Ellis is obsessed with the spiders that inhabit the crumbling house where he lives with his dad, his older sister and Great-Aunt Mafi - and by a need to find out more about his mother, whose death overshadows the family's otherwise happy existence.
He is a sensitive soul - awkward and out of place most of the time but funny, too, and with an embarrassing habit of speaking his thoughts aloud, whatever the company. From early attempts at relationships to unskilled jobs, flatshares and drug-addled nights on the beach, Ellis muddles his way towards adulthood. What endures is the strength of his bond with his dad, Denny, and his affectionate relationship with his intrepid sister, who turns up whenever he needs her - a new boyfriend in tow every time.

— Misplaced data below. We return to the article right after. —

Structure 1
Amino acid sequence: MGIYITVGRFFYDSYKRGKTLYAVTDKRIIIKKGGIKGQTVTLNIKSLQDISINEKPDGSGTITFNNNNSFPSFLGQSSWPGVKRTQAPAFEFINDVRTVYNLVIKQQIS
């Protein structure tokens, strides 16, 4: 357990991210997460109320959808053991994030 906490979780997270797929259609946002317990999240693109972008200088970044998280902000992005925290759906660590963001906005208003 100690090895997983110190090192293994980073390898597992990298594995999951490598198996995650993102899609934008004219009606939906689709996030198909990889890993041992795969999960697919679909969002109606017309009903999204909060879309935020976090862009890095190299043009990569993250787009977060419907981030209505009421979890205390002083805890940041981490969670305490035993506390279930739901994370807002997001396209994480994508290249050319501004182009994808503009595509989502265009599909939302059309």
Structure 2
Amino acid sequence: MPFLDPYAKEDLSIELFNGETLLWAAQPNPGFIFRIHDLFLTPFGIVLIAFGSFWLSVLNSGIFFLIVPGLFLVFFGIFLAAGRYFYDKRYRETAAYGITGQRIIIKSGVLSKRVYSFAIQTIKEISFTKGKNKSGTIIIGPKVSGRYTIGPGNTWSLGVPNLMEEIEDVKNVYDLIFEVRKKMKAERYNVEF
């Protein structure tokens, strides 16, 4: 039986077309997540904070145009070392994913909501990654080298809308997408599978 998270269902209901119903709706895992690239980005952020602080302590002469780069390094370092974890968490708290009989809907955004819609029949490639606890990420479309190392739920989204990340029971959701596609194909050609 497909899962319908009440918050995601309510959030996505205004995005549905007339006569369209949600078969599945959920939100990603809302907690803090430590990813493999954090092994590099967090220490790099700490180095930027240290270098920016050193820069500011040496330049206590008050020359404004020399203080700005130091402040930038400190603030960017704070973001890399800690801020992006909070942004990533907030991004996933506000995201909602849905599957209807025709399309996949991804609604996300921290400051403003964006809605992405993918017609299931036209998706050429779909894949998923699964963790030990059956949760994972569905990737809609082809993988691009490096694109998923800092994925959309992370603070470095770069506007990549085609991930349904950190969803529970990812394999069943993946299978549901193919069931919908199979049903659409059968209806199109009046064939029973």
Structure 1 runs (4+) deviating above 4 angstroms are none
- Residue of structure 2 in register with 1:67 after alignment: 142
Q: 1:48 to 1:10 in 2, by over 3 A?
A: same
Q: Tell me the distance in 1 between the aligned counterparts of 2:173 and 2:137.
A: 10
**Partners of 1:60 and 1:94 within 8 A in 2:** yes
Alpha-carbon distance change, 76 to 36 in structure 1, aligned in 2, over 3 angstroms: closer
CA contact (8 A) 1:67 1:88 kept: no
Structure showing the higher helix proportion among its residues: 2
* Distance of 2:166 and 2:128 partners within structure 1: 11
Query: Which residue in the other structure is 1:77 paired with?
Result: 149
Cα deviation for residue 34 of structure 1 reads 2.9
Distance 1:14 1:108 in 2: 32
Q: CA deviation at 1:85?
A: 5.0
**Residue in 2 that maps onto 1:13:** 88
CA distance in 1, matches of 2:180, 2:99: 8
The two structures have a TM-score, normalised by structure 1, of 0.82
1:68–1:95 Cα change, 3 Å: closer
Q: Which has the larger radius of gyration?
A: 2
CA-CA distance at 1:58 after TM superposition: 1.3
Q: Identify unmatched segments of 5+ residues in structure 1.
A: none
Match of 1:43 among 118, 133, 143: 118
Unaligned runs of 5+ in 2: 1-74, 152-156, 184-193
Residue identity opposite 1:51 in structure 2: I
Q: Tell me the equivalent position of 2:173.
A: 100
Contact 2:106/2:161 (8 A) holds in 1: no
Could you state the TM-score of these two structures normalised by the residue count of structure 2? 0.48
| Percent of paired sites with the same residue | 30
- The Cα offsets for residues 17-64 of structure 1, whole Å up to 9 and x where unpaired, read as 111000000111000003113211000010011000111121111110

The family banter is Ellis' lifeline and a counterpoint to the constant heartache of his desire to know something - anything - about his mother. Meanwhile Denny, an ex-Merchant Navy man, bottles up his grief at the loss of his wife, refusing to talk about her.
"When you try to protect someone from grief, do you prevent them from feeling anything at all? A beautiful debut about a son trying to break free from his father." (Financial Times)
"A remote corner of Kent is the background to Connolly's magical coming-of-age novel. Growing up, Ellis prefers to spend time on the local farm; later he will develop a talent for photography, but relationships remain a mystery to him in this fierce, humane and hazily poetic work." (Guardian)
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